Le trou (1960)
Director: Robert Bresson
Cast: AndrÃ© Bervil, Jean Keraudy, Michel Constantin
Synopsis: In prison four long-sentence inmates planning an elaborate escape cautiously induct a new inmate to join in their scheme which leads to distrust and uncertainty.
The backstory to Jacques Becker’s prison escape movie Le Trou is something quite remarkable. Jose Giovanni, upon whose novel the film is based, was imprisoned in 1948 for his part in a racketeering venture in which three people were murdered — although Giovanni himself was responsible for no deaths. His death sentence was commuted to 20 years hard labour, during which he became involved in the prison escape which is dramatized in Le Trou. The film opens with one of the prisoners, Roland Darbant) with his head under the bonnet of a CV. Darbant turns to the character, and tells the audience that his friend Jacques Becker has made a film about the prison escape in which he was involved. Darbant is played by Jean Keraudy — who was one of Giovanni’s real-life accomplices in the breakout…
Le Trou resembles an anatomy of a prison break; eschewing any extraneous incidents or sub-plots unrelated to the execution of the escape, Becker spends a lot of time examining the mechanics. Sometimes filming in real time, he shows us the prisoners hacking away at the concrete floor of their cell without once cutting away. It should be boring, but there’s a strange fascination to their endeavours, and an admiration for their ingenuity — or at least the ingenuity of Keraudy’s character — and perseverance.
At the beginning of the film, young Claude Gaspard (Marc Michel) is transferred to a cell shared by four other prisoners: Roland, Manu (Philippe Leroy), Monsignor (Raymond Meunier) and Geo (Michel Constantin). Their wariness of their new cellmate is eventually explained once they decide to take him into their confidence and reveal that they are planning a prison break. Facing a sentence in excess of ten years for the attempted murder of his wife, Gaspard readily agrees to be part of their plan.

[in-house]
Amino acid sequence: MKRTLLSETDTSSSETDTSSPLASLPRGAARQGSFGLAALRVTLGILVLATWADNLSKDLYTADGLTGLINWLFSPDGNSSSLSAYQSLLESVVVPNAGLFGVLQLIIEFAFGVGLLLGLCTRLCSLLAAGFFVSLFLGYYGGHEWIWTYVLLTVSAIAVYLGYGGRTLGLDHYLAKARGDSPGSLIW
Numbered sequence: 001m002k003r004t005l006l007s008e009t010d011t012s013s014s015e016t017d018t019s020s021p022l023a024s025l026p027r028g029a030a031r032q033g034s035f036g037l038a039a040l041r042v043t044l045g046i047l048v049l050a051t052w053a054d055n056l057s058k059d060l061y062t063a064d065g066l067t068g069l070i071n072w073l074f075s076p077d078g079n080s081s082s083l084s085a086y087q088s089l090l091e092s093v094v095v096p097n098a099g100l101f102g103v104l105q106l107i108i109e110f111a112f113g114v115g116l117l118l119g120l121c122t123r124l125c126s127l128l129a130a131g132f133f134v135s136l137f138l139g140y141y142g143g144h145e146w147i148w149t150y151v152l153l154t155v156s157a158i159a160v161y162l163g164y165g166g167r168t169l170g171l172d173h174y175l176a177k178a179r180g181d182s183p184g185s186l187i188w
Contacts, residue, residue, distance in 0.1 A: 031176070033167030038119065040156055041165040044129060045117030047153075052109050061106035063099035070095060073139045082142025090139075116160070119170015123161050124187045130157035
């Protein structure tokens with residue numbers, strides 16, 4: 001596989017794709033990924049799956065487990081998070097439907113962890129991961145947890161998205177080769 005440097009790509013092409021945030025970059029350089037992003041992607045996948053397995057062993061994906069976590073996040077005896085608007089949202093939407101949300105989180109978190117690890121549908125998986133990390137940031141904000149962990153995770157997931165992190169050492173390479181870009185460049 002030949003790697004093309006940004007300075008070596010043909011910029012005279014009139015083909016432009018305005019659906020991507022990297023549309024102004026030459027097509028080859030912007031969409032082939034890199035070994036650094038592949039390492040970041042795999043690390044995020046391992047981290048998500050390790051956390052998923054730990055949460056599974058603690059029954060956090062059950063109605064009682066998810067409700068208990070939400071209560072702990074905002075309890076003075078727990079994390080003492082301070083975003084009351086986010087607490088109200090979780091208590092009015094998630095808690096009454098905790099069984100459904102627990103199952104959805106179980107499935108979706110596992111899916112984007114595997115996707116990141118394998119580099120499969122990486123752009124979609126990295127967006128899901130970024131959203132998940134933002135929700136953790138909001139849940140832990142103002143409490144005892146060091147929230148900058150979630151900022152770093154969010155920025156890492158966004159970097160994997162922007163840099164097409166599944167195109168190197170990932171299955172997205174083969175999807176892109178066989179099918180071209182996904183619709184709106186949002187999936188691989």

The bulk of the film focuses on the meticulous methods employed by the prisoners as they dig a tunnel under the guidance of three-time escapee Roland. There are a few minor obstacles, but things go remarkably smoothly until the day of their planned escape, when Gaspard is unexpectedly summoned to the warden’s office…
There’s a definite pro-working class slant to Giovanni’s story. Apart from Gaspard, the other prisoners are all working class. We’re never told why they are in prison, but all four, despite possessing diverse characters, are portrayed as reliable and honest (in their own way), while Gaspard, a young man who squandered his wealth and cheated on his wealthy wife, fails to measure up to his cellmate’s qualities.
The story itself is expertly crafted, with a tight plot, filmed in a harsh, naturalistic style in the actual prison from which the escape took place, and using mostly non-professional actors (apart from Michel who, as Giovanni explained, had to be a professional actor because he was playing a role within a role). Despite the clinical manner in which the planning and execution of the escape is portrayed, the story is never less than wholly absorbing, and the final dilemma faced by Gaspard is of the type that leaves every viewer asking just how they would react if ever they found themselves in his position.
(Reviewed 19th October 2012)